Skip to main content

OnePlus merging R&D with OPPO is the only way it can scale — and win

OnePlus 8T review
OnePlus 8T review (Image credit: Apoorva Bhardwaj / Android Central)

OnePlus started out over seven years ago, and in that time it has launched some of the best Android phones we've seen. Normally, it isn't feasible for a new entrant to gain momentum in the smartphone industry without significant capital, and even then there's no guarantee that things will work out — just look at Nextbit and Essential.

In OnePlus' case, the company turned to OPPO from the very beginning for its manufacturing needs. While OnePlus dominates the mind share, its annual sales units are still around the 5-million figure. OPPO, meanwhile, has sold over 100 million phones in 2020 — or 20 times more than OnePlus.

OnePlus has always relied on OPPO for manufacturing its phones.

It is OPPO's scale that has allowed OnePlus to take on Xiaomi and Samsung in the mid-range segment. To this day, all OnePlus phones are manufactured at OPPO's facilities, and without that backing, OnePlus as an entity would not exist. Both OnePlus and OPPO are a part of BBK Electronics, which also counts Vivo and Realme as its companies.

Although OnePlus always leveraged OPPO's manufacturing facilities, it differentiated its products with unique designs and great software in the form of OxygenOS. Both companies had distinct R&D facilities that worked on everything from camera tuning, feature localization, and hardware efforts.

But over the last 12 months, OnePlus has become more enmeshed with OPPO, with cofounder Pete Lau heading into a new role overseeing "brand synergy" for OPlus, a holding company that is now a majority shareholder of OPPO, OnePlus, and Realme. The change comes with a new direction for OnePlus — as we've seen with the introduction of the Nord N10 and N100 — and now, OnePlus has announced that it is pooling its R&D resources with OPPO:

To better maximize resources and further position OnePlus for growth, we are in the process of further integrating some R&D capabilities within OPLUS, our long-term investor.OnePlus will continue operating independently and working to deliver the best possible user experience for existing and future OnePlus users.

Why is OnePlus making the change? There are a few possible reasons. The company set up a camera testing facility in Taiwan a few years ago, but it wasn't able to make up a lot of ground against Samsung and Google in this area. OPPO, however, has focused on camera innovation from the beginning, and its phones constantly deliver better photos than their OnePlus counterparts.

Lau committed to fix the camera issues on OnePlus phones this year, and the easiest way to do that would be to leverage OPPO's know-how. Sharing R&D resources allows OnePlus to make more meaningful strides in this area.

OnePlus benefits from OPPO's camera innovations, and OPPO now has a proxy in North America.

Then there's the fact that out of all the BBK companies, only OnePlus has an official presence in North America. While OPPO has turned its attention to the UK and other Western markets in the last three years, OnePlus has always been a global player. As a result, it is now using its leverage to make its foray into the budget segment with the Nord N10 5G and N100.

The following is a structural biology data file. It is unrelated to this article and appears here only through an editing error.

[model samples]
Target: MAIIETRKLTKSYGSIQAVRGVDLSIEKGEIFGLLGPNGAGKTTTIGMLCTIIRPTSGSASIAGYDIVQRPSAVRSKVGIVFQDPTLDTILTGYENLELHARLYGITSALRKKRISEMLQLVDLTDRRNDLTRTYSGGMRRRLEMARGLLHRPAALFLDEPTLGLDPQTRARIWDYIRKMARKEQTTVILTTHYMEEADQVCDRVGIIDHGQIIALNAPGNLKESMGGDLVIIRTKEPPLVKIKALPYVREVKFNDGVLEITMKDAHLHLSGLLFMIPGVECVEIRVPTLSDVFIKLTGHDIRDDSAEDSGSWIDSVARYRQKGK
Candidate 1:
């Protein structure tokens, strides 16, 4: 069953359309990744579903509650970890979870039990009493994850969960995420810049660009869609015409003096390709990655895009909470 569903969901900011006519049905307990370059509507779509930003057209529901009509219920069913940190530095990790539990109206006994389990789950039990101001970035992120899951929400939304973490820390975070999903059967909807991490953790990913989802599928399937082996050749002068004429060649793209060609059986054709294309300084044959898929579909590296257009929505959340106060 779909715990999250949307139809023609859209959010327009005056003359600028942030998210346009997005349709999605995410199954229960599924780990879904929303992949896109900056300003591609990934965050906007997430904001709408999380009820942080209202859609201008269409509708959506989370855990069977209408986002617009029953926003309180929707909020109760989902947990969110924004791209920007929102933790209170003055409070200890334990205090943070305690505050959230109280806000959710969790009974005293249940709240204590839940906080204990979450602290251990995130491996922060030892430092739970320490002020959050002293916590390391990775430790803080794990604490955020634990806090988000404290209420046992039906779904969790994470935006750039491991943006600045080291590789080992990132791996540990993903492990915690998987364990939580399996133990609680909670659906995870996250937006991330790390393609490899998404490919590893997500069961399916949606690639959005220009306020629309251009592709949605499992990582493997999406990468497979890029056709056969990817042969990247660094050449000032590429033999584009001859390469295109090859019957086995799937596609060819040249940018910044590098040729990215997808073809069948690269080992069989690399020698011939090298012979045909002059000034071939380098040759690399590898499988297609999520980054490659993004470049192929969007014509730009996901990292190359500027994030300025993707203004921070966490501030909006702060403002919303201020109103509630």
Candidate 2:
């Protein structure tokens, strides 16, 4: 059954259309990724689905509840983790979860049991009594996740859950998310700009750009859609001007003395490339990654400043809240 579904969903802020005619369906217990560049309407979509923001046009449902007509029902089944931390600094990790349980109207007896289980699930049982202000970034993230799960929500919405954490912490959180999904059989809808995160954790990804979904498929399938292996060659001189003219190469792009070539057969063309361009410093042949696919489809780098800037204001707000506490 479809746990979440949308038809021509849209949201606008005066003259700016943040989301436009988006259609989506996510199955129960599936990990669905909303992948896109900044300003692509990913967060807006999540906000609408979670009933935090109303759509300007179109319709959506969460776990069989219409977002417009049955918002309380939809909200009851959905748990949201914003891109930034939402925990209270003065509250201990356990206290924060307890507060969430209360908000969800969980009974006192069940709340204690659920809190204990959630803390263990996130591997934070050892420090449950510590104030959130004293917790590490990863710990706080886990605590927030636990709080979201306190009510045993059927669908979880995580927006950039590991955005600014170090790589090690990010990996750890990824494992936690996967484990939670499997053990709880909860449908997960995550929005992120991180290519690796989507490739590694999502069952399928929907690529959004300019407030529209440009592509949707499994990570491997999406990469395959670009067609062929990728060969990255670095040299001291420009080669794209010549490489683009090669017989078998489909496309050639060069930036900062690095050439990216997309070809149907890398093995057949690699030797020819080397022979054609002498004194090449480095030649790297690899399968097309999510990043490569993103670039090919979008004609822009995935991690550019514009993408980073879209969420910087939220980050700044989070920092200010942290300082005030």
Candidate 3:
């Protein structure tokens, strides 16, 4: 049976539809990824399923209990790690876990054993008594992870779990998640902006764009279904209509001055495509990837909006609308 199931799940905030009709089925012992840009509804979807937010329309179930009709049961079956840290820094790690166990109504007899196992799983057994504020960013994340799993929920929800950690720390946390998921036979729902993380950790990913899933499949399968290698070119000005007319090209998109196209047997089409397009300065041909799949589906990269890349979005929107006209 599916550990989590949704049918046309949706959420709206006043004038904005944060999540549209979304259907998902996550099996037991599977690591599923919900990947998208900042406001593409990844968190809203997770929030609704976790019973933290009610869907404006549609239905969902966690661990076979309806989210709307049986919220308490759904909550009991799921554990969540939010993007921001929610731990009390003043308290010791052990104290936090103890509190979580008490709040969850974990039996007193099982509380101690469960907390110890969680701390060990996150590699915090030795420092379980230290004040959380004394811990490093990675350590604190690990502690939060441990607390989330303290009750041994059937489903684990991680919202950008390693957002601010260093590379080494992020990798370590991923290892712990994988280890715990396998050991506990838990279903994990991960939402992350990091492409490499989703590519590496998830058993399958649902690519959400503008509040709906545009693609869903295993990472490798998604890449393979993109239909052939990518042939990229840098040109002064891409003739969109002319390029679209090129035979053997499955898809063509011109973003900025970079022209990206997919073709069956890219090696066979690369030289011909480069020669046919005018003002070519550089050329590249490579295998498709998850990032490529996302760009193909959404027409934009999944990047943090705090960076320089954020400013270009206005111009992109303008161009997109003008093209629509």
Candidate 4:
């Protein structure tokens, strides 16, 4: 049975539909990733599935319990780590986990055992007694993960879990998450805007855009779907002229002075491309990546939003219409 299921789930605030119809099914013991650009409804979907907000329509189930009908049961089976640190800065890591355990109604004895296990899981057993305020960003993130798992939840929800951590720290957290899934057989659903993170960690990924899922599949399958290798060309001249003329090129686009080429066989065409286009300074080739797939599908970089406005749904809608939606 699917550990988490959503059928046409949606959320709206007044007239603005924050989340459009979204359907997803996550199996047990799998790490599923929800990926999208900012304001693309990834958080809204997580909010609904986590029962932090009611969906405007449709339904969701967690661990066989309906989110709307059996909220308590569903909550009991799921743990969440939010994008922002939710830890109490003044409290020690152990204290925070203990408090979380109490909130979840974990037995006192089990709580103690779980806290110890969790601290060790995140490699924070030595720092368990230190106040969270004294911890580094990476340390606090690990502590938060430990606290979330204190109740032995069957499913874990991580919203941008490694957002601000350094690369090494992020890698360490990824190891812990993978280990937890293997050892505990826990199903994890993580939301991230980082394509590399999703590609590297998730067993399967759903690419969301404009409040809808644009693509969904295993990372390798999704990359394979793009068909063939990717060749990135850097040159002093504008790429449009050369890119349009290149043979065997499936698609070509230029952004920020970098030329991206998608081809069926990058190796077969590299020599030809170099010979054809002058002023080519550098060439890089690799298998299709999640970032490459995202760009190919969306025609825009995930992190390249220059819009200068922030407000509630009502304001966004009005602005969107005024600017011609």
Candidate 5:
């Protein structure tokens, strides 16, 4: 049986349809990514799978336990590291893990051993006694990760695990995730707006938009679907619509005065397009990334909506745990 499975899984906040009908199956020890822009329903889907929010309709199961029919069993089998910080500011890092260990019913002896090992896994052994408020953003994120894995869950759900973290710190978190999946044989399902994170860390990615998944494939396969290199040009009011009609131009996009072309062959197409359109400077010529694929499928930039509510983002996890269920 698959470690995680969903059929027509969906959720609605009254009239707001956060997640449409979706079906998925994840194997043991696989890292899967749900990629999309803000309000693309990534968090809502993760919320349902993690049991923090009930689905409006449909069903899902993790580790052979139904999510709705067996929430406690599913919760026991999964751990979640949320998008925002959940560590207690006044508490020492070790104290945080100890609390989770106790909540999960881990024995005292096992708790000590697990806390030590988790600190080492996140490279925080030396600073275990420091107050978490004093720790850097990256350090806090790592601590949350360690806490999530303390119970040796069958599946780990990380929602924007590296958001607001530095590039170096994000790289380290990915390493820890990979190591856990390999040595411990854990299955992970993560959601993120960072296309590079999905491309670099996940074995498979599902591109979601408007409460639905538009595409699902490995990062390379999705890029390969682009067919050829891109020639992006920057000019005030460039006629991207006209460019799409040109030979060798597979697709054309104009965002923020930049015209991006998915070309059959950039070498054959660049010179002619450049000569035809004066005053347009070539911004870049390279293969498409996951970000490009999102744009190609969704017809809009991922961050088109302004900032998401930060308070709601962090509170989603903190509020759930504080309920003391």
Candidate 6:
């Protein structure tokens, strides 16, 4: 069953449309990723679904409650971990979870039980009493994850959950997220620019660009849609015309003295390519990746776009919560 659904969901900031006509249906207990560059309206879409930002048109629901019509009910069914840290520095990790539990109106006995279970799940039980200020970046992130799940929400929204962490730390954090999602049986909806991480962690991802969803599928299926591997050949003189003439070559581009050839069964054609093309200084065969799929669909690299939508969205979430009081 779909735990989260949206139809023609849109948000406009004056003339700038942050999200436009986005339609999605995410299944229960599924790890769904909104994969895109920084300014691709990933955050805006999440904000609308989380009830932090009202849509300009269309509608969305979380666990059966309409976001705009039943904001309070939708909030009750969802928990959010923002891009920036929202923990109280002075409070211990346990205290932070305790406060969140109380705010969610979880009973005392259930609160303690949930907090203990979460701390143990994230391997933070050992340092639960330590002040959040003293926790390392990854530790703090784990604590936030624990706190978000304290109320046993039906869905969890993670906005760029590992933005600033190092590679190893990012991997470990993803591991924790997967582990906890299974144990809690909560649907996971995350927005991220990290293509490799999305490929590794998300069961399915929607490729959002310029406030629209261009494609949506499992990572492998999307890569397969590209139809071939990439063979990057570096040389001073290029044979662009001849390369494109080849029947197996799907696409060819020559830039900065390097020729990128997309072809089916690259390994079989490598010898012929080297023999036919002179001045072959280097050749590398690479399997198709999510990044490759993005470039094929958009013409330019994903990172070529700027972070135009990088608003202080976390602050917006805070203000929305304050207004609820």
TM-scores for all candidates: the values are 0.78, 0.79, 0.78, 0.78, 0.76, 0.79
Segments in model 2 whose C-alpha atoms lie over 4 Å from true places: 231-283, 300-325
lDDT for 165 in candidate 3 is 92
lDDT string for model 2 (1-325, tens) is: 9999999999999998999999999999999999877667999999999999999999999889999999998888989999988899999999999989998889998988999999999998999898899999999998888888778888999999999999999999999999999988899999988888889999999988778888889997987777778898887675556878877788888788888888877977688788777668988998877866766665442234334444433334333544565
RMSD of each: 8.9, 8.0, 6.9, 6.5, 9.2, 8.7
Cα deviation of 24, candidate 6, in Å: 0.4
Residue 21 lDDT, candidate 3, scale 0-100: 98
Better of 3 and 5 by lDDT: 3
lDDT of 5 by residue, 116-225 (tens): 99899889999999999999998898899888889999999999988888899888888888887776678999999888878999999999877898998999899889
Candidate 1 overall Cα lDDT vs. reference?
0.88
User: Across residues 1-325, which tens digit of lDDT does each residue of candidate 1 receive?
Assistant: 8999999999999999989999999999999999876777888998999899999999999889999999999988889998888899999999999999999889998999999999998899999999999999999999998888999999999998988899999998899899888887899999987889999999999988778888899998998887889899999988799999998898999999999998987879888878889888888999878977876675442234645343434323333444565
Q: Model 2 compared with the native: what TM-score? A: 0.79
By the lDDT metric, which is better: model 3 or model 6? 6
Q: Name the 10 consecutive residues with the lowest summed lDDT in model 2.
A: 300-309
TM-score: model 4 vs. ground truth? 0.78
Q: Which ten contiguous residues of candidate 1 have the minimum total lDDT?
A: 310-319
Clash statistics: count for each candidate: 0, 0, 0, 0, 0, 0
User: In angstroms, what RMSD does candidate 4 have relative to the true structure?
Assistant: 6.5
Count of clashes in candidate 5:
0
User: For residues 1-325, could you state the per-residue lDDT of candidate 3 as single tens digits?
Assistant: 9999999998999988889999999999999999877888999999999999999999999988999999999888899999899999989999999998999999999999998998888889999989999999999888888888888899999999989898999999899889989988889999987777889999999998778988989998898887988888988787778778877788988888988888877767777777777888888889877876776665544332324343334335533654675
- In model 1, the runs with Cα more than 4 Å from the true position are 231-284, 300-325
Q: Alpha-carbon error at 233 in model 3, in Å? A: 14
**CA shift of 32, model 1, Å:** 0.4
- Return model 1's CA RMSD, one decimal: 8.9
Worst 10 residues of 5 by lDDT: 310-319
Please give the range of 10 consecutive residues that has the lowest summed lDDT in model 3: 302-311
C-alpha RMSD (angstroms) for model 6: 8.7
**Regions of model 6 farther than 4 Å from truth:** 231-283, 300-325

The Nord N10 and N100 don't resemble OnePlus phones because they're essentially rebranded OPPO devices. The N100 is essentially a OPPO A53 with a OnePlus label, and the N10 5G uses a lot of the same parts but has a 5G-enabled Snapdragon 690 chipset. OPPO is effectively acting as a turnkey provider for OnePlus here, and it isn't just for phones.

The OnePlus Band — the company's first wearable — is nothing but a rebrand of the OPPO Band; it even shares the exact same interface for the companion app.

While OnePlus started out as a company that catered to power users, it is targeting a more mainstream audience as it looks to scale. To do that successfully, it needs a portfolio of devices in the budget segment and a large R&D team for tuning cameras and adding new features. By pooling its resources with OPPO, it now has both of those things.

Harish Jonnalagadda
Harish Jonnalagadda

Harish Jonnalagadda is a Senior Editor overseeing Asia at Android Central. He leads the site's coverage of Chinese phone brands, contributing to reviews, features, and buying guides. He also writes about storage servers, audio products, and the semiconductor industry. Contact him on Twitter at @chunkynerd.

1 Comment
  • Phone history:
    Some Nokia flip phone
    (broke outer screen and got replaced once)
    Nokia surge 6790
    IPhone 4, 4s, 5
    Galaxy s4 (lasted like 2 months before sold, overheated)
    Htc one m8 (kept 2 months until oneplus one came)
    OnePlus One
    Galaxy s7 edge (snapdragon)
    Galaxy s7 edge (exynos)
    Lg v30+
    Nokia 9 (had 2 months and got rid, horrendous camera and fingerprint scanner)
    OnePlus 7 pro Anyways, favorite off list has been oneplus in terms of software. Design wise, oneplus and s7 edge. I did love v30+ but software was eh and front camera bad. I look forward to see what they do with the 9 series but feel like a hole punch would be downgrade from 7 pro.